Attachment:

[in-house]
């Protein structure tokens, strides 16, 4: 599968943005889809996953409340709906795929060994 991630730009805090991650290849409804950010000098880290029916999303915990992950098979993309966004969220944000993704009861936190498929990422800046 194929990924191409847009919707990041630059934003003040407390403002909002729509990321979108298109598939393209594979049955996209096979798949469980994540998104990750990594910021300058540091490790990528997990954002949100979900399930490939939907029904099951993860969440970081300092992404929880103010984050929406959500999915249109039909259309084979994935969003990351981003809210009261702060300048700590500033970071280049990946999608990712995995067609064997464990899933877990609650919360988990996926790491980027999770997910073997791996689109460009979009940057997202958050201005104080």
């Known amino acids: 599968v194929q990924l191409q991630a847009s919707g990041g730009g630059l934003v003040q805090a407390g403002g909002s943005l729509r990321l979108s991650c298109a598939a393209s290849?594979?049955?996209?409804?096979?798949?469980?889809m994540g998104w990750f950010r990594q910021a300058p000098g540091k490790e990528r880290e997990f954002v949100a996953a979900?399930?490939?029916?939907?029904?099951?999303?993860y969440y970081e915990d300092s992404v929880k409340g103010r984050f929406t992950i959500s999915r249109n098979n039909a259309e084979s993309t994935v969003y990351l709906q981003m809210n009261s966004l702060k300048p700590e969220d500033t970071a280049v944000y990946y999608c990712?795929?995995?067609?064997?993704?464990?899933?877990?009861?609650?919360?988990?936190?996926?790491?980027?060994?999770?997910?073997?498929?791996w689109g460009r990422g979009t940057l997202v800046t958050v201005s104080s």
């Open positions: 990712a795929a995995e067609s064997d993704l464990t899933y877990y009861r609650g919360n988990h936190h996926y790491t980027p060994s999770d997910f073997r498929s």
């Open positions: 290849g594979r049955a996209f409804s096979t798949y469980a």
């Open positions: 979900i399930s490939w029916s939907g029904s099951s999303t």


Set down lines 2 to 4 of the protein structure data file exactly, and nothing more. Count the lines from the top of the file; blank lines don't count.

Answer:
């Protein structure tokens, strides 16, 4: 599968943005889809996953409340709906795929060994 991630730009805090991650290849409804950010000098880290029916999303915990992950098979993309966004969220944000993704009861936190498929990422800046 194929990924191409847009919707990041630059934003003040407390403002909002729509990321979108298109598939393209594979049955996209096979798949469980994540998104990750990594910021300058540091490790990528997990954002949100979900399930490939939907029904099951993860969440970081300092992404929880103010984050929406959500999915249109039909259309084979994935969003990351981003809210009261702060300048700590500033970071280049990946999608990712995995067609064997464990899933877990609650919360988990996926790491980027999770997910073997791996689109460009979009940057997202958050201005104080």
């Known amino acids: 599968v194929q990924l191409q991630a847009s919707g990041g730009g630059l934003v003040q805090a407390g403002g909002s943005l729509r990321l979108s991650c298109a598939a393209s290849?594979?049955?996209?409804?096979?798949?469980?889809m994540g998104w990750f950010r990594q910021a300058p000098g540091k490790e990528r880290e997990f954002v949100a996953a979900?399930?490939?029916?939907?029904?099951?999303?993860y969440y970081e915990d300092s992404v929880k409340g103010r984050f929406t992950i959500s999915r249109n098979n039909a259309e084979s993309t994935v969003y990351l709906q981003m809210n009261s966004l702060k300048p700590e969220d500033t970071a280049v944000y990946y999608c990712?795929?995995?067609?064997?993704?464990?899933?877990?009861?609650?919360?988990?936190?996926?790491?980027?060994?999770?997910?073997?498929?791996w689109g460009r990422g979009t940057l997202v800046t958050v201005s104080s």
């Open positions: 990712a795929a995995e067609s064997d993704l464990t899933y877990y009861r609650g919360n988990h936190h996926y790491t980027p060994s999770d997910f073997r498929s």